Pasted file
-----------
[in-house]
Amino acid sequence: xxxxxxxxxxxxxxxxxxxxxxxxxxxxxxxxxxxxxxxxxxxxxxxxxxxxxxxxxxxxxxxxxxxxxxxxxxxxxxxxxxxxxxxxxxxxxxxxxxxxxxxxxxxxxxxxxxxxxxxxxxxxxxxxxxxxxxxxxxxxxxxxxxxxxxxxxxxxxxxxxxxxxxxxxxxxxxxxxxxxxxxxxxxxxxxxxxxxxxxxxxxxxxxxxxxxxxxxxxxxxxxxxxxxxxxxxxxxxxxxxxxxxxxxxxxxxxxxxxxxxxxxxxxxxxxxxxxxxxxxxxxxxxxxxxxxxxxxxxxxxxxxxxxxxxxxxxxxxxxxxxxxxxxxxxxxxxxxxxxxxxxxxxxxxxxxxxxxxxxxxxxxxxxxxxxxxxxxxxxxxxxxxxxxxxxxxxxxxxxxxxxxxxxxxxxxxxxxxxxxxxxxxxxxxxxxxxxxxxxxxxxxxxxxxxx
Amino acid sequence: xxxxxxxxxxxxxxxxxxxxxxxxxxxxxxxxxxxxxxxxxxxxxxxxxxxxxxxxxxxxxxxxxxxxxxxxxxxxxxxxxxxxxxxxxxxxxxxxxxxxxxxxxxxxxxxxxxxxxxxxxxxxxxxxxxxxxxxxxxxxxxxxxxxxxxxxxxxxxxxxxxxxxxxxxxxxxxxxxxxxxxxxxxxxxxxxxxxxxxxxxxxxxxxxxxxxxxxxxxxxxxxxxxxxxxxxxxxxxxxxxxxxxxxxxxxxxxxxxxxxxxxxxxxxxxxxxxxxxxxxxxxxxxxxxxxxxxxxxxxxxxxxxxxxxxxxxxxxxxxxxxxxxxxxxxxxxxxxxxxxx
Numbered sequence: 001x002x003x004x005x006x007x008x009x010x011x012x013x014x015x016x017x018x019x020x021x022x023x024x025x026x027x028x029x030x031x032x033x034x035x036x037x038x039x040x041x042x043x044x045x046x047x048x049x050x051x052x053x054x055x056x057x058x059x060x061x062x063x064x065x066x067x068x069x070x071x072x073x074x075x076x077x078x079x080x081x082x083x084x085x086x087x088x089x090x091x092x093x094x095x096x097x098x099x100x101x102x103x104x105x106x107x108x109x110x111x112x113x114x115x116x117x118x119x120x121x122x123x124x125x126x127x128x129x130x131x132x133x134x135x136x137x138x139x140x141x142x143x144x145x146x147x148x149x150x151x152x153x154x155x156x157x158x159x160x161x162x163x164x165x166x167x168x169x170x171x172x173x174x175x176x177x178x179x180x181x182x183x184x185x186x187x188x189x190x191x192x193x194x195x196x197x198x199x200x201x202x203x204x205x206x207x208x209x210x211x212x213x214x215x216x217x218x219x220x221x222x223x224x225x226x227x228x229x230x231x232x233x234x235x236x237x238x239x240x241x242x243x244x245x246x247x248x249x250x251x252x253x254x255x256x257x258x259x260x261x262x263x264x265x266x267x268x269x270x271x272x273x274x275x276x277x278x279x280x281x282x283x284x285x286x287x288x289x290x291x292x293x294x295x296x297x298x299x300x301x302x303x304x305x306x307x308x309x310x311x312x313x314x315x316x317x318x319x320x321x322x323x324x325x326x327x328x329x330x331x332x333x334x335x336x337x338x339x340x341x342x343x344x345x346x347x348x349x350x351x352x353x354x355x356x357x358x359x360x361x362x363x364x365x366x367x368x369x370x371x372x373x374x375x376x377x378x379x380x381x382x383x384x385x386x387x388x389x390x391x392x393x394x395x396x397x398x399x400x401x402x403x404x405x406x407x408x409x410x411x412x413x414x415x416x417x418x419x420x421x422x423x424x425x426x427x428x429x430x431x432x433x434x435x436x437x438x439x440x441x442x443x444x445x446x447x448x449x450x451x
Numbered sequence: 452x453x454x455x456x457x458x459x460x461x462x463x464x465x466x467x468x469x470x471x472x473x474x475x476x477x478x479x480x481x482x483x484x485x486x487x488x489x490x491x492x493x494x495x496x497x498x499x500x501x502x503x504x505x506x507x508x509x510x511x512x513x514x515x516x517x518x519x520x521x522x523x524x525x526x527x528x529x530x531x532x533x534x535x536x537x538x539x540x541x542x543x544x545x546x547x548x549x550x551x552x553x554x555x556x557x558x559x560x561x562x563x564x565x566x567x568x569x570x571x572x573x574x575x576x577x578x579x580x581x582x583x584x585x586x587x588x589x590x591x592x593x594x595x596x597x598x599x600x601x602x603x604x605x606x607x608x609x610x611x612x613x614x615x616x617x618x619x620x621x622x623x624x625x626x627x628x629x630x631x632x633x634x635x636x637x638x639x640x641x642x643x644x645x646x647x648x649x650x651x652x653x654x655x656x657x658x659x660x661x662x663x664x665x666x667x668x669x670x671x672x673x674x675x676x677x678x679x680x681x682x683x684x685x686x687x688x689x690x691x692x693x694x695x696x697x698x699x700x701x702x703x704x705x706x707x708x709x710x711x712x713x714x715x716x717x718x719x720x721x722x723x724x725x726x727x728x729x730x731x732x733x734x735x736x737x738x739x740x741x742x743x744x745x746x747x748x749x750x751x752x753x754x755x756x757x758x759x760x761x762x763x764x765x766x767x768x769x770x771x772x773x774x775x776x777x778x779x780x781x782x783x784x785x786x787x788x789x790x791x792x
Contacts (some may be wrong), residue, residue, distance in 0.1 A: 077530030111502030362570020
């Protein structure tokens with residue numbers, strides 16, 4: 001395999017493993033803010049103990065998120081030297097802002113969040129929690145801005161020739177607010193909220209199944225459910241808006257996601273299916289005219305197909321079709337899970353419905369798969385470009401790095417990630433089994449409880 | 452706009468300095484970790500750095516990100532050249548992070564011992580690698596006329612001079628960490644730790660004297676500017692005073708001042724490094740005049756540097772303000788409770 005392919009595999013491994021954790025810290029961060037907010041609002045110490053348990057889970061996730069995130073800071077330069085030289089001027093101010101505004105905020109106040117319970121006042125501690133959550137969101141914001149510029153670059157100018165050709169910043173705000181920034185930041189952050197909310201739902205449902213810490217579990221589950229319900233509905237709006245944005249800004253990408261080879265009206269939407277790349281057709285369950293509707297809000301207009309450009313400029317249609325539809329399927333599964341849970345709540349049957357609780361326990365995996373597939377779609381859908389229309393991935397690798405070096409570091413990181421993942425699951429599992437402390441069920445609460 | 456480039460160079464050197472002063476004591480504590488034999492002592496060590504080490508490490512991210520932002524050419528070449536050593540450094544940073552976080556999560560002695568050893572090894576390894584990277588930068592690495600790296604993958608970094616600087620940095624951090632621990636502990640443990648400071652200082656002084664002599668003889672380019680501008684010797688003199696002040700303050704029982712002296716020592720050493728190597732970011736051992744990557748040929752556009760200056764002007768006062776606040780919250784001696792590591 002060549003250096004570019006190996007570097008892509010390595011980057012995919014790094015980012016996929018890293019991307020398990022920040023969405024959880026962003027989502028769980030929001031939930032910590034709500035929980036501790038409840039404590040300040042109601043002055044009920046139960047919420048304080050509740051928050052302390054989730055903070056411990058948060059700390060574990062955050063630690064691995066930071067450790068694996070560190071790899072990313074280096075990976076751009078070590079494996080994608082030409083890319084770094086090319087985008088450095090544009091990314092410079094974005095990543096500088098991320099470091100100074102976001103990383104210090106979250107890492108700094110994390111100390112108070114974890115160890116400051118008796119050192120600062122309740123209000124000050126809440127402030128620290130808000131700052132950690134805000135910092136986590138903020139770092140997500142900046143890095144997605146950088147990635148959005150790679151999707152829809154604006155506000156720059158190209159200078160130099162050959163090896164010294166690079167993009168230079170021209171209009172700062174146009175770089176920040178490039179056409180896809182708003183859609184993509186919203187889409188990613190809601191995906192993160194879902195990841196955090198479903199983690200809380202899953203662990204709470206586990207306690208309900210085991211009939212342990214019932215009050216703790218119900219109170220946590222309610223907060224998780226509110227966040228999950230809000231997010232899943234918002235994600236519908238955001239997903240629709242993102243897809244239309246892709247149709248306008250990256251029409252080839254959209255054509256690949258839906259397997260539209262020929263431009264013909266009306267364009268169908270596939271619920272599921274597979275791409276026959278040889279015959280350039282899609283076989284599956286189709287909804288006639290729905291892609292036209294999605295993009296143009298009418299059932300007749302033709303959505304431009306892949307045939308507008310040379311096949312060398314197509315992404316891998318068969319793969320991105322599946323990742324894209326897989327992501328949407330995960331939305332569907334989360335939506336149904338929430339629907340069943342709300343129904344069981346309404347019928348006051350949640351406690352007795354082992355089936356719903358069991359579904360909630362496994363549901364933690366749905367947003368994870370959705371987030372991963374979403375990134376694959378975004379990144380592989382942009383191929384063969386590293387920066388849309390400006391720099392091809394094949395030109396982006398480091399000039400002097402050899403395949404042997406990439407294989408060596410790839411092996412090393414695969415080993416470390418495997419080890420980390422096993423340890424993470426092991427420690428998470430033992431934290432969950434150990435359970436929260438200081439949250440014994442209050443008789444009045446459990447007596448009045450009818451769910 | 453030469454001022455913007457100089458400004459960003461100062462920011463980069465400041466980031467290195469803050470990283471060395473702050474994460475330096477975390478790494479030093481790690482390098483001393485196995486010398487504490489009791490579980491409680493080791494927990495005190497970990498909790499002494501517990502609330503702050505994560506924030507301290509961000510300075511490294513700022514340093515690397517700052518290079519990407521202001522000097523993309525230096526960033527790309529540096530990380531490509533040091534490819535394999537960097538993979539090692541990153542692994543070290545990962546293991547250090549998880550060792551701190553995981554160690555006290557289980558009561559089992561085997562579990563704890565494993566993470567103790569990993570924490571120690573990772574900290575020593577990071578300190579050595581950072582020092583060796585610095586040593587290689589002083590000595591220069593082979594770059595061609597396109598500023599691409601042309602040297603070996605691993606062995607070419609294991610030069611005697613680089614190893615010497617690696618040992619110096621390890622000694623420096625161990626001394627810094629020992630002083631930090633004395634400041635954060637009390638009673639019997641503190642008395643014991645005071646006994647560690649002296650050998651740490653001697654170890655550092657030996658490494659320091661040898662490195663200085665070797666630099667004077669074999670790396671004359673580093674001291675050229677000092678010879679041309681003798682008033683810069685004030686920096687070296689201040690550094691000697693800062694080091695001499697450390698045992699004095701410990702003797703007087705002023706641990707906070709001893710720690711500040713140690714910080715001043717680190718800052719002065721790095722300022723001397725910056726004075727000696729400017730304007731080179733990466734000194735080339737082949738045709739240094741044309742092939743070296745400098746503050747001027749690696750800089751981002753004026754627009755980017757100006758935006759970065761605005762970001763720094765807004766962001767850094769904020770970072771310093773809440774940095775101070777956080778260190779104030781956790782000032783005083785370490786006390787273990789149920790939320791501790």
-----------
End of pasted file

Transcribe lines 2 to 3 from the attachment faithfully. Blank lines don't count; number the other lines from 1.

Amino acid sequence: xxxxxxxxxxxxxxxxxxxxxxxxxxxxxxxxxxxxxxxxxxxxxxxxxxxxxxxxxxxxxxxxxxxxxxxxxxxxxxxxxxxxxxxxxxxxxxxxxxxxxxxxxxxxxxxxxxxxxxxxxxxxxxxxxxxxxxxxxxxxxxxxxxxxxxxxxxxxxxxxxxxxxxxxxxxxxxxxxxxxxxxxxxxxxxxxxxxxxxxxxxxxxxxxxxxxxxxxxxxxxxxxxxxxxxxxxxxxxxxxxxxxxxxxxxxxxxxxxxxxxxxxxxxxxxxxxxxxxxxxxxxxxxxxxxxxxxxxxxxxxxxxxxxxxxxxxxxxxxxxxxxxxxxxxxxxxxxxxxxxxxxxxxxxxxxxxxxxxxxxxxxxxxxxxxxxxxxxxxxxxxxxxxxxxxxxxxxxxxxxxxxxxxxxxxxxxxxxxxxxxxxxxxxxxxxxxxxxxxxxxxxxxxxxxxx
Amino acid sequence: xxxxxxxxxxxxxxxxxxxxxxxxxxxxxxxxxxxxxxxxxxxxxxxxxxxxxxxxxxxxxxxxxxxxxxxxxxxxxxxxxxxxxxxxxxxxxxxxxxxxxxxxxxxxxxxxxxxxxxxxxxxxxxxxxxxxxxxxxxxxxxxxxxxxxxxxxxxxxxxxxxxxxxxxxxxxxxxxxxxxxxxxxxxxxxxxxxxxxxxxxxxxxxxxxxxxxxxxxxxxxxxxxxxxxxxxxxxxxxxxxxxxxxxxxxxxxxxxxxxxxxxxxxxxxxxxxxxxxxxxxxxxxxxxxxxxxxxxxxxxxxxxxxxxxxxxxxxxxxxxxxxxxxxxxxxxxxxxxxxxx